August 2, 2007

Vyatta releases 2.2 beta

Author: Shirl Kennedy

Vyatta has announced the availability of its 2.2 beta, codenamed "Camarillo." This release includes a number of enhancements, new features, and more than 100 bug fixes for Vyatta's commercially supported open, flexible router (OFR) distribution.

The beta release of Vyatta -- which is essentially a Debian-based Linux distribution focused on networking -- includes Border Gateway Protocol (BGP) enhancements, Network Address Translation (NAT) usability enhancements, improvements to the Dynamic Host Configuration Protocol (DHCP) server and DHCP relay, and new options for the "show version" command.

Vyatta, started by a group of networking industry veterans in 2005, began to generate considerable buzz the following year when it launched its online community and posted an early beta of its OFR software on its website.

It is widely regarded as a viable open source alternative to commercial products from companies like Juniper and, especially, Cisco.

Matt Asay blogged about Vyatta in September 2006, saying that Vyatta had an easy shot at gaining market share. "All it has to do is work reasonably well (and it apparently does), and it will have an early adopter market. As it gets better and better, Cisco will have to seriously upgrade the customer experience (and downgrade its price) to keep its 80% market share."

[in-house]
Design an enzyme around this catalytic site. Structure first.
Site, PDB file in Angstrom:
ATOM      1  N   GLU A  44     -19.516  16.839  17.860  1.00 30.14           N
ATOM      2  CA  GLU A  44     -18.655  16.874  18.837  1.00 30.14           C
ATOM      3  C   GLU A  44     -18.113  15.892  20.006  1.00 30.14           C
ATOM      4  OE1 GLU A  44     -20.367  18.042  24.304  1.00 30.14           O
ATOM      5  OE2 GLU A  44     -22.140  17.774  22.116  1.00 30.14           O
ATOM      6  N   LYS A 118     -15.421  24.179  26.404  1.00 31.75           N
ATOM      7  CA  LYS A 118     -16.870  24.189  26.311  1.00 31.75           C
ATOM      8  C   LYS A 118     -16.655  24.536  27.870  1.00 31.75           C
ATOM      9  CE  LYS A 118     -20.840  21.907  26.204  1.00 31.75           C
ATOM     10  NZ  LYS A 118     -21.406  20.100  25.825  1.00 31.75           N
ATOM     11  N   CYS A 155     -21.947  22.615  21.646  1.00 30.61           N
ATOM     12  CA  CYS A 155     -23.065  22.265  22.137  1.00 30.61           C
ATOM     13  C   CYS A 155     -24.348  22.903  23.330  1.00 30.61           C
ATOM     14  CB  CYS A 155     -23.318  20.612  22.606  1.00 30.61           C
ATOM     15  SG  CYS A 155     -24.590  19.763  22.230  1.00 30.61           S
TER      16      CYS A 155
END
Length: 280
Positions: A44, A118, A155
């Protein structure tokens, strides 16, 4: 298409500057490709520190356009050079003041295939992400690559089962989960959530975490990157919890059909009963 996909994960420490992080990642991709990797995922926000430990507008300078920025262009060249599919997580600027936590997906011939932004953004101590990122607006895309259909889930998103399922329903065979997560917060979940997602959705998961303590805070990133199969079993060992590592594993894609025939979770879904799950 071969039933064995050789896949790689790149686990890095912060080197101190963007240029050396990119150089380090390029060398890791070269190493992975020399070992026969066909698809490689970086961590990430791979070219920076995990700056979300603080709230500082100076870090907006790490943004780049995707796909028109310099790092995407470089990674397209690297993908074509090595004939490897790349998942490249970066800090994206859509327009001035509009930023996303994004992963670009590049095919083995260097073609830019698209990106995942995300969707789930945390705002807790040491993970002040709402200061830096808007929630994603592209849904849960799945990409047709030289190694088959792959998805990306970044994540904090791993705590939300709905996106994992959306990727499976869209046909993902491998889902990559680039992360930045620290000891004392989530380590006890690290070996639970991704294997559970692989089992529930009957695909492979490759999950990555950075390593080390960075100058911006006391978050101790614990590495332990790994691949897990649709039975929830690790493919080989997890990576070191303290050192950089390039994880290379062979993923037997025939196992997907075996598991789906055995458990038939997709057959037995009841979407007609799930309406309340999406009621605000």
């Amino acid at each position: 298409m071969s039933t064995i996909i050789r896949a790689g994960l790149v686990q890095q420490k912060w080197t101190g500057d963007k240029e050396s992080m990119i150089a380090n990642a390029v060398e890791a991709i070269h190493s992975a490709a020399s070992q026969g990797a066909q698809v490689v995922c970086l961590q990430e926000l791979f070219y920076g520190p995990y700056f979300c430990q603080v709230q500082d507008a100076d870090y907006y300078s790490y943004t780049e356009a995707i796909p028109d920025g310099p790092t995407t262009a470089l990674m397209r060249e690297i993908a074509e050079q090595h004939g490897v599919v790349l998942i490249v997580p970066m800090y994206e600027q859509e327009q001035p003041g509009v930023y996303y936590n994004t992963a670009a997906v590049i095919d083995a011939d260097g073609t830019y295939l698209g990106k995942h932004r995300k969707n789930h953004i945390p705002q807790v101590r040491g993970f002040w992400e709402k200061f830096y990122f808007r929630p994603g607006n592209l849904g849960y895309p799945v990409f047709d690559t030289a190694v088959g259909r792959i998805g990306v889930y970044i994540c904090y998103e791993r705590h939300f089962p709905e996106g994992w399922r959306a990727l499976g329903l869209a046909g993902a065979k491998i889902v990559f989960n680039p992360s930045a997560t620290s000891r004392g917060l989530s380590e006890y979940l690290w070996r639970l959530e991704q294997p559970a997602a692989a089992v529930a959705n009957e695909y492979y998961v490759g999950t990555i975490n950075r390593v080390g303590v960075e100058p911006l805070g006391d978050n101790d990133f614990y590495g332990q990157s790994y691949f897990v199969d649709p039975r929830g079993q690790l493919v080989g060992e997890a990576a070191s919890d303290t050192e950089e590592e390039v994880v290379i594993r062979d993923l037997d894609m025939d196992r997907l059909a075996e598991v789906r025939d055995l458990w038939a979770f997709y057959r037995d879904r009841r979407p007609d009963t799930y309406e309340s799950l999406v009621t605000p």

Vyatta is not the first company to offer an open source router solution; ImageStream Internet Solutions has been selling Linux routers since 1995. These routers run on ImageStream Linux, a distribution that does include some proprietary code.

The 2.2 beta development release can be downloaded from Vyatta's testing repository. Existing installs can be upgraded to 2.2 by following instructions on the wiki.

Vyatta's Web site offers full release notes and documentation. The release announcement says bugs should be reported via the vyatta-users mailing list or through its Bugzilla database.


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